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Brad DeLong: For Fiscal Responsibility, Raising Taxes Is Not Optional

August 25th, 2008 . by economistmom

I just read this post over on Brad’s blog and had to share it here, even though I’ve already posted today on how Warren Buffett feels many of us can afford to pay higher taxes (some like him, more than others), and of course, I’ve posted many, many times on my blog about how we need to raise taxes (in a thoughtful way) as a matter of simple logic and basic math.

By the way, by “raising taxes” Brad surely means (as I always do) raising tax revenues, not necessarily raising tax rates–just to respond to one of the comments on Brad’s site.  Here’s how Brad explains it (so well):

I believe that when we Americans look deep into ourselves and ask us what we want our government–because it is our government: it is our agent to do what we want with our money just as the guy in Florida we hire to keep grandma’s one bedroom condo in repair is our agent–to do, we conclude the following:

  1. We want to let the Bush tax cuts expire.
  2. We want to close the 75-year Social Security gap, half by raising the limit on earnings taxed by Social Security so that the upper middle class and the rich pay more for Social Security and half by reducing the rate of growth of benefits at retirement.
  3. We want to stop sending our soldiers–the best-trained and best-equipped high tech armed forces in the world–abroad to be military police in countries riven by sectarian conflict where they do not speak the language–and so return defense spending to its late-1990s share of GDP.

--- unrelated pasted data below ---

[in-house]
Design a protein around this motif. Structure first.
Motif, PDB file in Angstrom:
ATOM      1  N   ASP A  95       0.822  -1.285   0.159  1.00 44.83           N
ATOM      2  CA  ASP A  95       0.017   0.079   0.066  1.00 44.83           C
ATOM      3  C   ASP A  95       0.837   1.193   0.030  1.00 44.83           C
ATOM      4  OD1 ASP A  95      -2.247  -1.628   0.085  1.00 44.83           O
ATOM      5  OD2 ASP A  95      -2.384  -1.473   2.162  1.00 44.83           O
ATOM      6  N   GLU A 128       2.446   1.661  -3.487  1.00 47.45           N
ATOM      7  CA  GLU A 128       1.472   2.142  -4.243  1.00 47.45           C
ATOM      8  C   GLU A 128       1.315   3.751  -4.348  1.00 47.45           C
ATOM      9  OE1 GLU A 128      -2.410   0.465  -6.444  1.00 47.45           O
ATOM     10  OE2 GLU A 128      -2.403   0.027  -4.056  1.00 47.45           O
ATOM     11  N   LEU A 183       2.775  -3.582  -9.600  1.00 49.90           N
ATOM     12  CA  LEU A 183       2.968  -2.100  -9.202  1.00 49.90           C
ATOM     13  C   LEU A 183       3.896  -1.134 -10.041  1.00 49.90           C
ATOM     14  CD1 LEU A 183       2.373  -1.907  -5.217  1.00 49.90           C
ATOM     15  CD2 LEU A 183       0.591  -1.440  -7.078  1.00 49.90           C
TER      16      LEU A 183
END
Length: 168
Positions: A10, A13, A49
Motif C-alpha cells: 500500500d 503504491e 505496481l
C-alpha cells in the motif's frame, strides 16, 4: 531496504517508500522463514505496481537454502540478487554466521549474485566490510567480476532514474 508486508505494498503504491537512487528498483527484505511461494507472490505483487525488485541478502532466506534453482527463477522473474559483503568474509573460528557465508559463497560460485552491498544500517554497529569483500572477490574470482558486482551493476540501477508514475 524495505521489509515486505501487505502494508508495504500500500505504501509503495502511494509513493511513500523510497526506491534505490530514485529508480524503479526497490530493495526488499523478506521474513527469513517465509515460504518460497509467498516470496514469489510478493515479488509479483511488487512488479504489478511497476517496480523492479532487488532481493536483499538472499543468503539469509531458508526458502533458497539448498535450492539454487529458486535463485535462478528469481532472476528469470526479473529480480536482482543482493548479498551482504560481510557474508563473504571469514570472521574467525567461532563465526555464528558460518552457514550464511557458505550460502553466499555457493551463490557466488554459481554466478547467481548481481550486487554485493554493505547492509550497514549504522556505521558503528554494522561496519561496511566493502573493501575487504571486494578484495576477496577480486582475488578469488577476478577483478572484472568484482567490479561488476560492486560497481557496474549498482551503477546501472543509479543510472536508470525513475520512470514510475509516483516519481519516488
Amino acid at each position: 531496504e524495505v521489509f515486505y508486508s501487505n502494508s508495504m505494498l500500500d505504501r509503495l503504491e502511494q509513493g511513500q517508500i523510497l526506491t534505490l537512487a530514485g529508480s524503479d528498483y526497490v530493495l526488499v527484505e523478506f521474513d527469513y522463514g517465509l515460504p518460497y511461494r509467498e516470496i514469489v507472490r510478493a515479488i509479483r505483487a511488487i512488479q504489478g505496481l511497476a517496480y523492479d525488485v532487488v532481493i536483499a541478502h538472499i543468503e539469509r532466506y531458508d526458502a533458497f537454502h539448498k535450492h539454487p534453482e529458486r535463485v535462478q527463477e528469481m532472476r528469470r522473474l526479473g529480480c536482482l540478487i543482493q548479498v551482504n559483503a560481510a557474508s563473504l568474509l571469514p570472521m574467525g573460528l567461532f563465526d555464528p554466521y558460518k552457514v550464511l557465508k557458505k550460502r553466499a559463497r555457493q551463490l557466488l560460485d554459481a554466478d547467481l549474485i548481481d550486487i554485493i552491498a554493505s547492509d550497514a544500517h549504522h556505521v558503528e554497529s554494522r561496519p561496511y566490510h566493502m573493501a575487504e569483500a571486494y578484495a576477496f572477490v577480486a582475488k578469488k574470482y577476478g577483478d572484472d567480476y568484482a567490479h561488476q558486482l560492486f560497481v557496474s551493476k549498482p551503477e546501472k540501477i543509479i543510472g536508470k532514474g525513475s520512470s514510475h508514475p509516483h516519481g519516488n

4. We want to reduce but not eliminate the “excess” cost growth in Medicare and Medicaid: we believe our doctors, nurses, and druggists will learn how to do wonderful things over the next two generations, and we do not want those wonderful things in the way of medicine applied only to the rich but to the poor and old as well.
  5. Whether or not we decide to do (1) through (4) above, we want to raise taxes to cover whatever of the long-run fiscal gap remains, and so bring the federal budget back into balance over the long run.

Note that (5) is not optional. As the late Milton Friedman liked to put it: to spend is to tax. If the government buys things, it must get the money to buy them from somewhere. It can get the money from three places. It can tax. It can borrow–but then the borrowing has to be repaid with interest, and the more is borrowed the higher the interest and the worse the value the taxpayers ultimately get for their money when they are taxed to repay the borrowing. Or it can print the money and so inflate the currency–but that too is a tax, and an especially unfair, painful, and destructive one, as lots and lots of people victimized by inflation find their wealth doesn’t buy what it used to and what they expected.

We can argue over whether (1) through (4) is what we want to do–that is what politics is about. But whatever we decide to do with (1) through (4), (5) is not optional–not, that is, if we want to continue to have a rich country in the long run. And the politicians who have told you that (5) is optional from Ronald Reagan to George H.W. Bush to Robert Dole to George W. Bush and now John McCain are not your friends, or America’s friends.